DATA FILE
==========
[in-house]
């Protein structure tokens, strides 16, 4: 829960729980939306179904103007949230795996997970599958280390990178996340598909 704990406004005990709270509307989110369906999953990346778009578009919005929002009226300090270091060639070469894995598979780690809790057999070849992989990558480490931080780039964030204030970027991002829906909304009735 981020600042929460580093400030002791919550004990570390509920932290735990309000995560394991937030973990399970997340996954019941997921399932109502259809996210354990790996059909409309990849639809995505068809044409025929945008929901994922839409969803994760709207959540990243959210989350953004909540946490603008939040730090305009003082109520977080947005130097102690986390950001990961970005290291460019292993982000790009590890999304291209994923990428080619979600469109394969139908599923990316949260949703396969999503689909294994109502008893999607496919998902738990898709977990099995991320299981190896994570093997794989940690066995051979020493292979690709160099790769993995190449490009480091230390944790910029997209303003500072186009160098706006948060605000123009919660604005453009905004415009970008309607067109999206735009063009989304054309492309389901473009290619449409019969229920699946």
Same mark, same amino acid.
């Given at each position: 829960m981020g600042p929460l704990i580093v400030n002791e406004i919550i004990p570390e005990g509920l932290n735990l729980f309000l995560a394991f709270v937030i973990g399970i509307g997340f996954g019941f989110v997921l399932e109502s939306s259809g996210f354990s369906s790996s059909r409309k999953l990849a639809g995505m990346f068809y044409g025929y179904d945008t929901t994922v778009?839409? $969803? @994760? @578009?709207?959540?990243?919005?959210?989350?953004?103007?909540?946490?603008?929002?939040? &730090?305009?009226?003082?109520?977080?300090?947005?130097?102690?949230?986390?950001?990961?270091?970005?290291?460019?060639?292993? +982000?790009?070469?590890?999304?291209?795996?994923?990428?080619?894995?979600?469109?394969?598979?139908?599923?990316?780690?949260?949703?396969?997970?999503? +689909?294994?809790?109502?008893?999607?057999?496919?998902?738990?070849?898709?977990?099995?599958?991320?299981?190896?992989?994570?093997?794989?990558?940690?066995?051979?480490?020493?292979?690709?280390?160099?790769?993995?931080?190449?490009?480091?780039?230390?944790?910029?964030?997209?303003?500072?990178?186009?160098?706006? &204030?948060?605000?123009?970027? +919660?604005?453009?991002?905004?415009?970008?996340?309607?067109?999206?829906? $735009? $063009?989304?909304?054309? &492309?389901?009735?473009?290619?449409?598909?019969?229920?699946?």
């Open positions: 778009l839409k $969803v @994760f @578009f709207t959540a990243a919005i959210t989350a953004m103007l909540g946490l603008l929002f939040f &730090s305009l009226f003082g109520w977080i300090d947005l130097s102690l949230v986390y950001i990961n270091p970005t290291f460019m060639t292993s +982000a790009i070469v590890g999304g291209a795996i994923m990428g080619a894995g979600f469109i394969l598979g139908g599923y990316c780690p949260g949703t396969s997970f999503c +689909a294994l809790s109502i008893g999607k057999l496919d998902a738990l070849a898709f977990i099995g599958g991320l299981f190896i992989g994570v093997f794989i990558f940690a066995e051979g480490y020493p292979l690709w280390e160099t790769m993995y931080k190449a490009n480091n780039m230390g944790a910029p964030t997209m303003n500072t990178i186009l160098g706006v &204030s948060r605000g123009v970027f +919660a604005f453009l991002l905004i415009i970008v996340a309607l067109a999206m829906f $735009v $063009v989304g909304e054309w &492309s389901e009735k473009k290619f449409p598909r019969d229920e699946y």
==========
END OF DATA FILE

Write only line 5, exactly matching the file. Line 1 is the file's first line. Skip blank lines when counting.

């Open positions: 778009l839409k $969803v @994760f @578009f709207t959540a990243a919005i959210t989350a953004m103007l909540g946490l603008l929002f939040f &730090s305009l009226f003082g109520w977080i300090d947005l130097s102690l949230v986390y950001i990961n270091p970005t290291f460019m060639t292993s +982000a790009i070469v590890g999304g291209a795996i994923m990428g080619a894995g979600f469109i394969l598979g139908g599923y990316c780690p949260g949703t396969s997970f999503c +689909a294994l809790s109502i008893g999607k057999l496919d998902a738990l070849a898709f977990i099995g599958g991320l299981f190896i992989g994570v093997f794989i990558f940690a066995e051979g480490y020493p292979l690709w280390e160099t790769m993995y931080k190449a490009n480091n780039m230390g944790a910029p964030t997209m303003n500072t990178i186009l160098g706006v &204030s948060r605000g123009v970027f +919660a604005f453009l991002l905004i415009i970008v996340a309607l067109a999206m829906f $735009v $063009v989304g909304e054309w &492309s389901e009735k473009k290619f449409p598909r019969d229920e699946y």